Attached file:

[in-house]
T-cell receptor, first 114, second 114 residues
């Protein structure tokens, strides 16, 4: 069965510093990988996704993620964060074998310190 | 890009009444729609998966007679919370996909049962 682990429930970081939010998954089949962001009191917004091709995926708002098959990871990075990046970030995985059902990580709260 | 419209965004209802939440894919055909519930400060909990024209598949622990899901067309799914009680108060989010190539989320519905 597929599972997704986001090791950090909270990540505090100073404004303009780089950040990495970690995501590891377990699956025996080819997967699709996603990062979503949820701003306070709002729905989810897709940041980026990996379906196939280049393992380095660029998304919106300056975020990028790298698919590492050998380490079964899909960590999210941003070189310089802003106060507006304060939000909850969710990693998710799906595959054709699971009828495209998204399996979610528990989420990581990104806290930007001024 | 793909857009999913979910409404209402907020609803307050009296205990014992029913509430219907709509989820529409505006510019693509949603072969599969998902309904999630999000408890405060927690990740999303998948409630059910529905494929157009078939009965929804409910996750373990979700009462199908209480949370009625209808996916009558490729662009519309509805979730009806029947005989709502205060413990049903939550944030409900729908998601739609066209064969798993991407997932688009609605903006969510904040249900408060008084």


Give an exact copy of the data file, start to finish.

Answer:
[in-house]
T-cell receptor, first 114, second 114 residues
């Protein structure tokens, strides 16, 4: 069965510093990988996704993620964060074998310190 | 890009009444729609998966007679919370996909049962 682990429930970081939010998954089949962001009191917004091709995926708002098959990871990075990046970030995985059902990580709260 | 419209965004209802939440894919055909519930400060909990024209598949622990899901067309799914009680108060989010190539989320519905 597929599972997704986001090791950090909270990540505090100073404004303009780089950040990495970690995501590891377990699956025996080819997967699709996603990062979503949820701003306070709002729905989810897709940041980026990996379906196939280049393992380095660029998304919106300056975020990028790298698919590492050998380490079964899909960590999210941003070189310089802003106060507006304060939000909850969710990693998710799906595959054709699971009828495209998204399996979610528990989420990581990104806290930007001024 | 793909857009999913979910409404209402907020609803307050009296205990014992029913509430219907709509989820529409505006510019693509949603072969599969998902309904999630999000408890405060927690990740999303998948409630059910529905494929157009078939009965929804409910996750373990979700009462199908209480949370009625209808996916009558490729662009519309509805979730009806029947005989709502205060413990049903939550944030409900729908998601739609066209064969798993991407997932688009609605903006969510904040249900408060008084």